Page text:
Italian “Energy Release” Mechanism: Opportunity or Not

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In 2001, the European Community adopted Directive No. 77 with the aim of promoting a greater contribution of renewable energy sources for electricity production in each country's internal market. The purpose of the legislation is to create a basis for the development of a Community framework in this area.

Based on this Directive, Member States have adopted measures to pursue these objectives. In Italy, the Decree of the Ministry of Economic Transition of September 16, 2022 enshrined relevant reference legislation through the "Energy Release" mechanism - a tool also developed to counter price increases triggered by the energy crisis.

What is the Energy Release?

This is the establishment of a two-way financial contract, independent of the existing supply contract, stipulated with GSE (Gestore dei Servizi); the term being three years.

This contract provides for assignment of electricity from renewable sources at a "capped" price - currently set at 210€/MWh.

Beneficiaries of this option are companies defined as "priority," i.e., industrial, energy-intensive or interruptible end customers, and SMEs.

Interested parties participate in auctions for the allocation of quantities made available by the GSE. The maximum volume requested cannot exceed 30 per cent of consumption in the last three years, or 3 percent of the Supervisor’s offer.

How Two-Way Financial Contracts Work

A Contract for Difference (CFD) refers to a contract that enables two parties to enter into an agreement to trade on financial instruments based on the price difference between the "capped" prices and closing market prices.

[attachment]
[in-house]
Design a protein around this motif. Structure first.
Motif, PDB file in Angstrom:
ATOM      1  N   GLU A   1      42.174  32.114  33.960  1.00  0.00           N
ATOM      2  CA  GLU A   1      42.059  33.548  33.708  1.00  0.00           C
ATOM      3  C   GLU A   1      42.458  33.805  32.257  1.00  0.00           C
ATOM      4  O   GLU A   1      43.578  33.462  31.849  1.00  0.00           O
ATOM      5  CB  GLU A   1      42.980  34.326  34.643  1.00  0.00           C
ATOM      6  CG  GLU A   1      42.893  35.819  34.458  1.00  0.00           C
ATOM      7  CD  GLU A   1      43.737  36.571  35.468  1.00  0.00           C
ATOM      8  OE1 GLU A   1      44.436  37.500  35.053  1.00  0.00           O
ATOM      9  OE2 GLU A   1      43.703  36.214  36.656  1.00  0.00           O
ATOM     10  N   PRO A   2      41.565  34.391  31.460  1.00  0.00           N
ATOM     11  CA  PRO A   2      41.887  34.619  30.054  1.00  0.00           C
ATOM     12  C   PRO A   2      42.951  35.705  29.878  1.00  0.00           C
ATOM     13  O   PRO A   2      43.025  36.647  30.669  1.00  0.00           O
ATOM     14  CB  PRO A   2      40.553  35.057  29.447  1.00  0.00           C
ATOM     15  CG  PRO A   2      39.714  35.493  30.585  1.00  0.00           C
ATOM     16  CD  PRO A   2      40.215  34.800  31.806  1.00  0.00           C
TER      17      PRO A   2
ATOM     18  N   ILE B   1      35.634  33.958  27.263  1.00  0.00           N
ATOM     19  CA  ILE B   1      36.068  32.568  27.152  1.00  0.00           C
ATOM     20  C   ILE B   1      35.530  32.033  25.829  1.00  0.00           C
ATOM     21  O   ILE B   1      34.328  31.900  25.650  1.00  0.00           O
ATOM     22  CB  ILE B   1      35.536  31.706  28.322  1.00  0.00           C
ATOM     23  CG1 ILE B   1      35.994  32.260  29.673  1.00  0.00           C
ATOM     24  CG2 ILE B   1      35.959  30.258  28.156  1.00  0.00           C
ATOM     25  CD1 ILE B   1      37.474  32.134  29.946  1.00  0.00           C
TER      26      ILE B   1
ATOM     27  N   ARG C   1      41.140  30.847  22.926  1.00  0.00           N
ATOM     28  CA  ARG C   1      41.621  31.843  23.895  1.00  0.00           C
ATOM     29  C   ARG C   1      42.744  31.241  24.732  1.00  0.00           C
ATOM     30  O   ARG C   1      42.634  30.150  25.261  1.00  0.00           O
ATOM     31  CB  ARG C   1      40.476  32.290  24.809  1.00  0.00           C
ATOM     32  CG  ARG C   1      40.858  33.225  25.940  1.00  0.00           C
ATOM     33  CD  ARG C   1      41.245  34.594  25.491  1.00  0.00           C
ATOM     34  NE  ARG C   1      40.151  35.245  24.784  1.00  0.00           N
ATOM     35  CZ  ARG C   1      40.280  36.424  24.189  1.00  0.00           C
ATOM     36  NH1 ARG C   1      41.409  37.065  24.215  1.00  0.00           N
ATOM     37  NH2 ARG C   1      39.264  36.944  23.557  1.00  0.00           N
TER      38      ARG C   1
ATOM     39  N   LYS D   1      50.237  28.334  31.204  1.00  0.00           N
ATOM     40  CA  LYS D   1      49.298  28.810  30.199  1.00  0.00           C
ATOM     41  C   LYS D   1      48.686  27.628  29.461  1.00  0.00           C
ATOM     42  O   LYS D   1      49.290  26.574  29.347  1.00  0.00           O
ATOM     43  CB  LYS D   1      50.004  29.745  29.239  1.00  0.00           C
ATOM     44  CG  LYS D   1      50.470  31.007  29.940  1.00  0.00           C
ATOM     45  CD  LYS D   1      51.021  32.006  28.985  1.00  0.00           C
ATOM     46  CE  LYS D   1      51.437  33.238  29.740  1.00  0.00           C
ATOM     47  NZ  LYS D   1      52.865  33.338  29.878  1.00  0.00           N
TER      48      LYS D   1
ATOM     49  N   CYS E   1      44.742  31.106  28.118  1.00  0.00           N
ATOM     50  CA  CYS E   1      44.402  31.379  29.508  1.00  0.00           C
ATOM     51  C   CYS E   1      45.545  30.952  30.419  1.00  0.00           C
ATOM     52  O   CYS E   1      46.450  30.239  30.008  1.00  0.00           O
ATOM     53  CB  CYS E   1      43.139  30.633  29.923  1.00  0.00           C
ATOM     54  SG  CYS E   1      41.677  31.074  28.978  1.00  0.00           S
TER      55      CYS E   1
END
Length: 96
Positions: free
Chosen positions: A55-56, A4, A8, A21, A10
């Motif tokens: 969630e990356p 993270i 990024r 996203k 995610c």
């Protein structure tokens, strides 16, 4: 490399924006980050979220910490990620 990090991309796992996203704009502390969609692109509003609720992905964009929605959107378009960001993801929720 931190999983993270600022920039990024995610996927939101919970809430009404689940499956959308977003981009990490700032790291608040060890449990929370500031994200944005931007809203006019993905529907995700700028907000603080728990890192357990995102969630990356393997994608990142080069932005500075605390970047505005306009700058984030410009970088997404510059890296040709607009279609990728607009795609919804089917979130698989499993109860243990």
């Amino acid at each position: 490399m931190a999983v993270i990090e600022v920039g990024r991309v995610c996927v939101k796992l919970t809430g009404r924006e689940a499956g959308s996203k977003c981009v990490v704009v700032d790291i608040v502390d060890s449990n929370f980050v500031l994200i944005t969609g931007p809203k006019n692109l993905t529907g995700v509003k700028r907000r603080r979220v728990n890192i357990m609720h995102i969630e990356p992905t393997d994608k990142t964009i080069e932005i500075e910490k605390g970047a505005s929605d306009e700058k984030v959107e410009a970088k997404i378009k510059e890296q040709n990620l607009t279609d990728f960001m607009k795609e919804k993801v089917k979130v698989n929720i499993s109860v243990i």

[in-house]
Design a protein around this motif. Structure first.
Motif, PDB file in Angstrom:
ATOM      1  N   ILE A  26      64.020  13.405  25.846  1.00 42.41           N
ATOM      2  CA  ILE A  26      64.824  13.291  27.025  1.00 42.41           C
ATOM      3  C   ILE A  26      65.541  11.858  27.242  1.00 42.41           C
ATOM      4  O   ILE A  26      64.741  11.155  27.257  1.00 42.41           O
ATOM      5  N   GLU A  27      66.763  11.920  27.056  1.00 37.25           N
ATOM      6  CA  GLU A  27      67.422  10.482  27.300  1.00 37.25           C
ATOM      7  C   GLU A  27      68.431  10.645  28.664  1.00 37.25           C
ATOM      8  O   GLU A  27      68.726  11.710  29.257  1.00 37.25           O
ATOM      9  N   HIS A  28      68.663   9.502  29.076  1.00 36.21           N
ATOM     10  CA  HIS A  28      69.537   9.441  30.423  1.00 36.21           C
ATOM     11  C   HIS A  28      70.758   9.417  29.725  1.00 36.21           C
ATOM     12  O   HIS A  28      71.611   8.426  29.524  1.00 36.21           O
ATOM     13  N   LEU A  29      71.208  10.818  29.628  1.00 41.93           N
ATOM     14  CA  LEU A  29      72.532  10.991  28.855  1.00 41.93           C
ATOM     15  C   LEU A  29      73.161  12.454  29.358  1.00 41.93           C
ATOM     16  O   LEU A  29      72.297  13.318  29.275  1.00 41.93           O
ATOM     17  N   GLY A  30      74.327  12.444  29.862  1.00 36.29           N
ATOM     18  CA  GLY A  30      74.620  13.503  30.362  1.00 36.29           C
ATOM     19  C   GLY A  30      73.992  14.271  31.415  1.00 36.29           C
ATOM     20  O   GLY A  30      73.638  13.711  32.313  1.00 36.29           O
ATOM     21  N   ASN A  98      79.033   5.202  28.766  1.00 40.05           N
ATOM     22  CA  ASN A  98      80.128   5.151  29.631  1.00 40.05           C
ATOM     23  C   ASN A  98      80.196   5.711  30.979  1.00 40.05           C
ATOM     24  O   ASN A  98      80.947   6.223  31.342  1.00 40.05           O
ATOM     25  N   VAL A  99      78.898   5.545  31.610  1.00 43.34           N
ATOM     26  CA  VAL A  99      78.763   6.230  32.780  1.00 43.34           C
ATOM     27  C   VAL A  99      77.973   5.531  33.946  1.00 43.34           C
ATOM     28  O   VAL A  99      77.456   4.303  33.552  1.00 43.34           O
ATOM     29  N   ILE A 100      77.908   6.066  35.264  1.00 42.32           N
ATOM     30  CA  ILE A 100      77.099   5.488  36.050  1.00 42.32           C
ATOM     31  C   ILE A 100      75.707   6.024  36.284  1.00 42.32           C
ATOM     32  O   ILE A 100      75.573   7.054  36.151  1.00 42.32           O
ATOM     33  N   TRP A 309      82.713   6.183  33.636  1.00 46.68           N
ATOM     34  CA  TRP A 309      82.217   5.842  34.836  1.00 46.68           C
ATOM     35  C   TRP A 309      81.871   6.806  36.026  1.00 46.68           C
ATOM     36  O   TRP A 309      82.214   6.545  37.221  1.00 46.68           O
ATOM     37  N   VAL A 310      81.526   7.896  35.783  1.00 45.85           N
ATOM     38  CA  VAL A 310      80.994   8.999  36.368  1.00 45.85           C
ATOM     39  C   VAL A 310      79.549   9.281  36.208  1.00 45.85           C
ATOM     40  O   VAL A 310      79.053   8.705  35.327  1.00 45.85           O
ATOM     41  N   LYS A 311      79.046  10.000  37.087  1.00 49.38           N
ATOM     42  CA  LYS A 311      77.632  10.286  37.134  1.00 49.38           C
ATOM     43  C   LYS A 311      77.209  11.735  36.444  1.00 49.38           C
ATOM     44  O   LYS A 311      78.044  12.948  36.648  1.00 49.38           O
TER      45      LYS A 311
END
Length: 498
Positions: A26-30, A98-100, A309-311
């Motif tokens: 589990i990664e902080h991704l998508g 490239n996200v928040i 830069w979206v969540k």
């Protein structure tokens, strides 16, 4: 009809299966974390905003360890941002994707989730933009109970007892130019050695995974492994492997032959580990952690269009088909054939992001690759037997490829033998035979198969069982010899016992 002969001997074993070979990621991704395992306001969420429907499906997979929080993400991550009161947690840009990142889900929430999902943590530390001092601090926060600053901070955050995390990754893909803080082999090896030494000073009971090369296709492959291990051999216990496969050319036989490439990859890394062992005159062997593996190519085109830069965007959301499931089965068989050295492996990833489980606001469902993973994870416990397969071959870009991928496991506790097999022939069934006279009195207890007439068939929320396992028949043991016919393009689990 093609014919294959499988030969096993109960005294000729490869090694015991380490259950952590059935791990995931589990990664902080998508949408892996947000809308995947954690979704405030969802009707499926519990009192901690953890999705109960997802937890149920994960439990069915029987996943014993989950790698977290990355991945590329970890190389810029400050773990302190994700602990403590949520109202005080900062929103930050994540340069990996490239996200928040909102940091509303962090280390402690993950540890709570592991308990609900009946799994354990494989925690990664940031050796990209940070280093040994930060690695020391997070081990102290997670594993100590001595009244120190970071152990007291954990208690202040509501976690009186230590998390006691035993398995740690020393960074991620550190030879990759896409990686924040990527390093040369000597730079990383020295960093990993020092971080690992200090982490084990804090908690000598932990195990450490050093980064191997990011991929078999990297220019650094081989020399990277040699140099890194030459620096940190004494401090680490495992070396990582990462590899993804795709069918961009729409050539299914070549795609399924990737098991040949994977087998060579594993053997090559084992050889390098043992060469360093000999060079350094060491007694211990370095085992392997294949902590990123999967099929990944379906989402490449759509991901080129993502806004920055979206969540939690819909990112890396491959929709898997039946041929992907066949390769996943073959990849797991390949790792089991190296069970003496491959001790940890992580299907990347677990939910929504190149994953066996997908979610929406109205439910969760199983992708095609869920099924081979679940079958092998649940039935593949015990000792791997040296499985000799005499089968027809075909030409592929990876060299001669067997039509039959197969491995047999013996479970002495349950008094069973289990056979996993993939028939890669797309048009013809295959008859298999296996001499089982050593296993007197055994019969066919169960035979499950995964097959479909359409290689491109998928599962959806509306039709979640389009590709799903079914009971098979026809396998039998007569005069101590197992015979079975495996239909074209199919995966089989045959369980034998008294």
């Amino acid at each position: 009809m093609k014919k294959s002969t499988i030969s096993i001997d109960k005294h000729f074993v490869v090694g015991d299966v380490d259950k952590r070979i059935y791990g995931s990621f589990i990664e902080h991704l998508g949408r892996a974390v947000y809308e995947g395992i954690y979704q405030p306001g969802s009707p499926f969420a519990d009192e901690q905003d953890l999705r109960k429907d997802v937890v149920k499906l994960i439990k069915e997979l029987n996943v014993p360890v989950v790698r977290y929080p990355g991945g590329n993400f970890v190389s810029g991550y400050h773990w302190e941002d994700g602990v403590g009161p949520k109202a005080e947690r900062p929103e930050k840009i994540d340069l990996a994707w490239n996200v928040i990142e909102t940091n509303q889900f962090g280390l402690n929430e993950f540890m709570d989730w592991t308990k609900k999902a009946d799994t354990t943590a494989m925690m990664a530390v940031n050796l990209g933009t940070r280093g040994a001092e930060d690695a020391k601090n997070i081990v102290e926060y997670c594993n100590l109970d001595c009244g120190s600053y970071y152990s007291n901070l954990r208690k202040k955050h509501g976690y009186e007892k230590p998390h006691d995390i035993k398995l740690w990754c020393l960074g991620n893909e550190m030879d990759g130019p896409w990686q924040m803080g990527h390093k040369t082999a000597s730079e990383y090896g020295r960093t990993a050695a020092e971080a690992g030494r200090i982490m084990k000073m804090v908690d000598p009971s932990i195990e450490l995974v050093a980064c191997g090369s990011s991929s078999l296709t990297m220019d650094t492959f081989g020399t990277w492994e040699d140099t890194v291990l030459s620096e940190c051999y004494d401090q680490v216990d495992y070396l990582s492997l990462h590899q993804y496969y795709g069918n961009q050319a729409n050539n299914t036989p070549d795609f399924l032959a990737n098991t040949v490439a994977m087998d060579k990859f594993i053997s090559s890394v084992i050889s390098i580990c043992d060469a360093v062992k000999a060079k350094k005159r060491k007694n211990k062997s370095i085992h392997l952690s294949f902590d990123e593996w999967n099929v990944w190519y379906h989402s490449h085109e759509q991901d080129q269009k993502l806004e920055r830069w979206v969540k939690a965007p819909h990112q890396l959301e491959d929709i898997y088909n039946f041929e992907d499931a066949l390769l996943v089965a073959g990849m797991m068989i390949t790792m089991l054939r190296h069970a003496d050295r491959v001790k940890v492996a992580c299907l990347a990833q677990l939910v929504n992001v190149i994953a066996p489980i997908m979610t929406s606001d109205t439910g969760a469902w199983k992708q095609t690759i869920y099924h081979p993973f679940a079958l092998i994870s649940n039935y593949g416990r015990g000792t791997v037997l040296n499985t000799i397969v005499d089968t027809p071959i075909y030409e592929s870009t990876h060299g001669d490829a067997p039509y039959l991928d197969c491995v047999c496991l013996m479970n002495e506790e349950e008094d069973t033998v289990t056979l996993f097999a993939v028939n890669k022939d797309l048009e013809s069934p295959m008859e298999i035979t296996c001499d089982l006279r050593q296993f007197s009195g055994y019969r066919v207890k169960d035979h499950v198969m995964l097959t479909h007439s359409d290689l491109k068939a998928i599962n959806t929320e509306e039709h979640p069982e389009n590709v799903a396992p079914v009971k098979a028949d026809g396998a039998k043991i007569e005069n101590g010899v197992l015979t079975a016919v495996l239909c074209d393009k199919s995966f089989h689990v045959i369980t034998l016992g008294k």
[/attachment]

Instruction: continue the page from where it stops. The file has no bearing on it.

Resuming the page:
If the closing trade price is higher than the “capped” price, then the seller will pay the buyer the difference, and that will be the buyer’s profit. The opposite is also true. That is, if the current asset price is lower at the capped price than the value at the contract’s opening, then the seller, rather than the buyer, will benefit from the difference.

Critical Issues in Implementation

The bearish trend has been in place for a month now, with the Italian Prezzo Unico Nazionale (PUN) traveling well below €210/MWh. Recent declines are raising concerns among energy release participants: capped energy is currently more expensive than the market and risks penalizing companies that decided to participate when the price was sky-rocketing. The average Italian PUN for the month of January 2023 is 174.49€/MWh, 35.51€/MWh lower than the transfer price established by the mechanism under consideration.

At this market juncture, for the month of January, companies will therefore find themselves having to pay liquidity to GSE, and energy release, which was supposed to support productive enterprises. This may turn out to be an additional burden, if there is a need to reformulate the mechanism so as to keep unchanged the original rationale of providing aid to companies.

It should be noted that the volatility prevailing in the markets does not allow to rule out a new reversal of the trend and thus a surge in prices in the coming months.

How NUS Can Help

Uncertainty in markets is triggered by concerns about gas reserves for remainder of the winter season and developments from ongoing conflict in Ukraine. NUS will continue to monitor markets and price drivers to keep customers who participated in the energy release constantly updated, with a view to providing a comprehensive overview of opportunities and/or impacts that will arise.

More: Energy Market Commentary, Electricity, Energy Regulation, Renewable Energy

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Chiara Sedini